transportation around madagascar taxi brousse

Taxi Bay –>

This is essentially the bus system in and around Antananarivo, yet you won’t find too many buses, in fact its mostly just taxi brousse vans again, but these ones are riding on their last limbs.  If you can figure out where your going and what bus will get you there (maybe get a local to help you out) then this is a fun way to get around.  Yes you will be packed in there even tighter than on a taxi brousse sometimes, but come on what can you expect when only paying the equivalent of a Canadian quarter for a ride.  Fun fact??? While I regret never giving it a shot, this may be your chance of a lifetime to jump onto a moving bus, because when they see you running for it, sure they won’t take off, but they sure won’t stop! 😛

Air Madagascar –>

Let just start this one out with saying that these guys are lucky they have a lock on the market and are the only airline that offers domestic flights, because if there were any competitors, they might be going under pretty quick.  Dispite paying the same amount or even more for a domestic flight here than what you’d pay in Canada, the service and reliability is on somewhat of a lower scale.  We had the pleasure of two joyous flights on this air line, going to and from Diego Suarez from Antananarivo.  As soon as we arrived into the airport in Tana, we were advised air madagascar domestic flights madagascarthat our flight up north was delayed by an hour.  No biggie with Air Madagascar, and in fact this is almost the norm, so we took with thinking that it could have been worse!  This this next one is a gooder!!! So we board our flight from Diego Suarez back to Tana, we taxi out onto the runway, clench down and get ready for the miracle of human flight.  The pilot guns it, the engines roar, our heads rock back into the headrests and we make it about halfway down the runway…. then the engines cut off, we slow to a crawl and taxi on back to the terminal.  After an awfully akward taxi back with no word from the crew, the pilot finally says we have to empty the plane so they can fix a technical problem.  So heres the kicker, after about half an hour in the airport (***Totally not long enough to have a technician actually come, diagnose the problem and fix it**) we board back on the plane and get ready for round 2.  To this date, we are totally convinced that they just forgot to fill the thing with gas!! But we’ll never know for sure:P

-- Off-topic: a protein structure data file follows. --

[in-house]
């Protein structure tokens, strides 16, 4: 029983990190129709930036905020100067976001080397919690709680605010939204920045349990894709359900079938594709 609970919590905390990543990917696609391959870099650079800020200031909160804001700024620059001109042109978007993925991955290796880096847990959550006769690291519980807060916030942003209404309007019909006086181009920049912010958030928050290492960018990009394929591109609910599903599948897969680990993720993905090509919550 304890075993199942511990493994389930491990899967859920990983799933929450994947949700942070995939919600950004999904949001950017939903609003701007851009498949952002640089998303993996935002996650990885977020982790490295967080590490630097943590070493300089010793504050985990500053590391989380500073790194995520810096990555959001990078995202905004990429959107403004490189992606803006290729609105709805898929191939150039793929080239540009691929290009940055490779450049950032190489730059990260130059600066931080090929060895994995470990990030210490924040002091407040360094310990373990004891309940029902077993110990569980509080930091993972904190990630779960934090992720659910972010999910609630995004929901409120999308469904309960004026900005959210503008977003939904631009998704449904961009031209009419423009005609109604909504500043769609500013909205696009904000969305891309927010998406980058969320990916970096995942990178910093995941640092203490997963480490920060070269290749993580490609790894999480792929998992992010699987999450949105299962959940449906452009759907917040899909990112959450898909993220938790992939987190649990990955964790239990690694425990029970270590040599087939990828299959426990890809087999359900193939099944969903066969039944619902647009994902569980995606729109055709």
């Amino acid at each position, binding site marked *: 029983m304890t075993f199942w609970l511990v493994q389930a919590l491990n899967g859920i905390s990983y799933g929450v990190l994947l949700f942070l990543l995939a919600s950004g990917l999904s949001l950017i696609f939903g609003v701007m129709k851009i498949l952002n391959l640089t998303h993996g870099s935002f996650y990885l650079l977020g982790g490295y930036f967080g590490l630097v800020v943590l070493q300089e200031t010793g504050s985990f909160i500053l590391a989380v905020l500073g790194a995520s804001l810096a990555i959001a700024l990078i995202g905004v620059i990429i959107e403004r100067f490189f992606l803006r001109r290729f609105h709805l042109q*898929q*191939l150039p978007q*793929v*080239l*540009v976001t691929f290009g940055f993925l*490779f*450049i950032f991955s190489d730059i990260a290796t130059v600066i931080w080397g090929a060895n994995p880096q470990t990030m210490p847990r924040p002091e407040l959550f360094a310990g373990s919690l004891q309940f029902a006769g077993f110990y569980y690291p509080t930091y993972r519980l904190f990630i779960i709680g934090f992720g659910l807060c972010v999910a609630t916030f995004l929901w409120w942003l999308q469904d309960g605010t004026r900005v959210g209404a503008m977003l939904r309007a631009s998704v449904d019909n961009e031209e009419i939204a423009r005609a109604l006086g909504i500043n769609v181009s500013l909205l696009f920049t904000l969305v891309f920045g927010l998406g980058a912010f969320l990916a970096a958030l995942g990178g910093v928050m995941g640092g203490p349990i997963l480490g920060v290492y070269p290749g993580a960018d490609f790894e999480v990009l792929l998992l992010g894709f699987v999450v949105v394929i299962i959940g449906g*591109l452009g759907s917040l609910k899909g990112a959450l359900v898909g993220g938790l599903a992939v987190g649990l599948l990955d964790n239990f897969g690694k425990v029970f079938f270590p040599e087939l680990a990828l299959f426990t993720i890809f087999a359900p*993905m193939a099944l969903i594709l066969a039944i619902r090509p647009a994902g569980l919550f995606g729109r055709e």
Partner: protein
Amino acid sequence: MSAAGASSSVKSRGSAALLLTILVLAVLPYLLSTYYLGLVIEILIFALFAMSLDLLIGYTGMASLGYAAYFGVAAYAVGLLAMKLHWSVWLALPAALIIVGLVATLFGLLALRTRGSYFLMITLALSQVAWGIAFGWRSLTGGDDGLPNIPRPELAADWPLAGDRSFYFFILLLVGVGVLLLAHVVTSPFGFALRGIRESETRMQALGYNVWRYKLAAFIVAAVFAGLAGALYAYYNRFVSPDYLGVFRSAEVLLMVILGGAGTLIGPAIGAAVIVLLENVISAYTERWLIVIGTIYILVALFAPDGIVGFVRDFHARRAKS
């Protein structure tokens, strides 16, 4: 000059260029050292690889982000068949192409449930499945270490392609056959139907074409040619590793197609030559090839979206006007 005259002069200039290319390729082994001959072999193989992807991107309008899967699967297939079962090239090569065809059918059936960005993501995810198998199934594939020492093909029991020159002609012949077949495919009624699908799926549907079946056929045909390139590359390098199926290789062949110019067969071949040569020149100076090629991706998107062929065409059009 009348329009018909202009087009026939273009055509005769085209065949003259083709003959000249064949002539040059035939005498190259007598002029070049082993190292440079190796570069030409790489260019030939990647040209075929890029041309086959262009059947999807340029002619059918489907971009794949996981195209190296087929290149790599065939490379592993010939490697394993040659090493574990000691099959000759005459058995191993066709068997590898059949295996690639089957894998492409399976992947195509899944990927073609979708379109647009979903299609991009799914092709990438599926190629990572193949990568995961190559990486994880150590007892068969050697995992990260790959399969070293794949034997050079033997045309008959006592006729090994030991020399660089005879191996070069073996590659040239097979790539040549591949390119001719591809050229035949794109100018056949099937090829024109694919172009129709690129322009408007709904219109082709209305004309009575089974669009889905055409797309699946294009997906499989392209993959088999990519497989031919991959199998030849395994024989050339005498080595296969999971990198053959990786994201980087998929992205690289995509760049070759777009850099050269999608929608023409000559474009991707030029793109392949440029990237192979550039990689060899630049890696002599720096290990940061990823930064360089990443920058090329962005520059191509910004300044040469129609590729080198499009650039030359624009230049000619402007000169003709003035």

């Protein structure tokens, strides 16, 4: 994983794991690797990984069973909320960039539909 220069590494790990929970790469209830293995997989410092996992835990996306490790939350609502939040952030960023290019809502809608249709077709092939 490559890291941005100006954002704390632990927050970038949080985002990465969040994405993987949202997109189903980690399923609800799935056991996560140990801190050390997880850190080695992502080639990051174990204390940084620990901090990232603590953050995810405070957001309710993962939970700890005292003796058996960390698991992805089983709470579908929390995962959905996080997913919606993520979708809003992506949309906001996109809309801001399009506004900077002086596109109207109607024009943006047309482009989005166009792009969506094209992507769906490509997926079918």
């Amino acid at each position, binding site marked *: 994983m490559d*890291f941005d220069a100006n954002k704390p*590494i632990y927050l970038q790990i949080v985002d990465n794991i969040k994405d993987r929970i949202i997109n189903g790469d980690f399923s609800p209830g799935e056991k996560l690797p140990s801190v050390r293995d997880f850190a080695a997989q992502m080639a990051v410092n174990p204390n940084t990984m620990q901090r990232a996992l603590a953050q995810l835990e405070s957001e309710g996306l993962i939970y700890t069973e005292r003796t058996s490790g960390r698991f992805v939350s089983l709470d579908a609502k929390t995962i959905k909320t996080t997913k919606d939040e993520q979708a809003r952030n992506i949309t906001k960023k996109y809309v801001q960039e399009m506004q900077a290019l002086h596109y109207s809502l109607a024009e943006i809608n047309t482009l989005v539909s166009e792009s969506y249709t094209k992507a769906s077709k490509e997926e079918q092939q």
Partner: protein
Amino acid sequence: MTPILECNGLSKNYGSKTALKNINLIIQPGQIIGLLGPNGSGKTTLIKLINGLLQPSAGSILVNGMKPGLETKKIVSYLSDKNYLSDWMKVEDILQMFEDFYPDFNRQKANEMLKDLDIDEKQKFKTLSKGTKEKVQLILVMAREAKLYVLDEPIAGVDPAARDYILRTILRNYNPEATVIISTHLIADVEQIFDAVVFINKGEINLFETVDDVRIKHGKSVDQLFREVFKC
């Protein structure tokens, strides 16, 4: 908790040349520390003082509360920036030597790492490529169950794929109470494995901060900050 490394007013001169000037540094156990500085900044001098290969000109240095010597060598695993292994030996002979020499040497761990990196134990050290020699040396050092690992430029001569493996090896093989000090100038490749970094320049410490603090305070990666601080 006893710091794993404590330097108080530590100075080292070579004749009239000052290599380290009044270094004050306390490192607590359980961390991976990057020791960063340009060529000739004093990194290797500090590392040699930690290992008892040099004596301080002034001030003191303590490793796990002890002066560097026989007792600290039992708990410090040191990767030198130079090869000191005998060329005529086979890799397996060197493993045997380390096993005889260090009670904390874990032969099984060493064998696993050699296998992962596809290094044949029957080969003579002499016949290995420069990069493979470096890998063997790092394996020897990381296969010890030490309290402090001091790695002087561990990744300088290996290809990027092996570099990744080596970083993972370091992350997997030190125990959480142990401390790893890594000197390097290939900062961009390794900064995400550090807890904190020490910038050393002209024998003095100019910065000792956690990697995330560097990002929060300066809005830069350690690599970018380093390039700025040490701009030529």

Private vehicle in Madagascar –>

This is by far the most convenient form of transport, especially because most of the vehicle’s to hire are SUV’s which coast along the pot hole filled roads much smoother and quicker than buses., however this will definitely be the most expensive mode of transport available.  For most vehicles, you must not only rent the vehicle but hire the driver to take you where you’d like to go.  We never sprung for a private vehicle during our trip but were able to snag a ride with a fellow racer that we ran into surprisingly while we were searching for a way back to Tana from one of the National Parks.  So we can vouch for saying how much quicker these can get you around.

streets of madagascar africa adventure

Not a popular means of transport in Madagascar, but definitely picture worthy. (Yes, that’s a plastic chair strapped to a bike!)

Trains, railcars and boats of all sizes –>

These three options weren’t in our itineraries for this trip, but we did look into them a bit at different times.  The boat trips on sailboats or powerboats are common along the coastal cities who offer scuba diving, snorkelling or other water activities and will sometimes include a stop on a small island for a lunch break!  Trains and railcars (Yes Mada has a Michellin railcar!!) are limited but can be useful if they happen to lineup with your travel paths and schedules.  They are affordable and can be a more comfortable option than a taxi-brousse, so visit Madarail to check schedules and routes.

Travelling around the little bit of Madagascar that we managed to see was to say the least, wild!!! The thing we loved was that every day was different, and almost every one of those days we had at least one thing happen where we could say “You don’t see that back in Canada!”  Travelling around this country is relatively straight forward, offers lots of options to fit different budgets, but the only thing we will say is leave lots of time for hiccups.  As the Malagasy like to say, they live a Mora Mora lifestyle, which essentially means slow and laid back!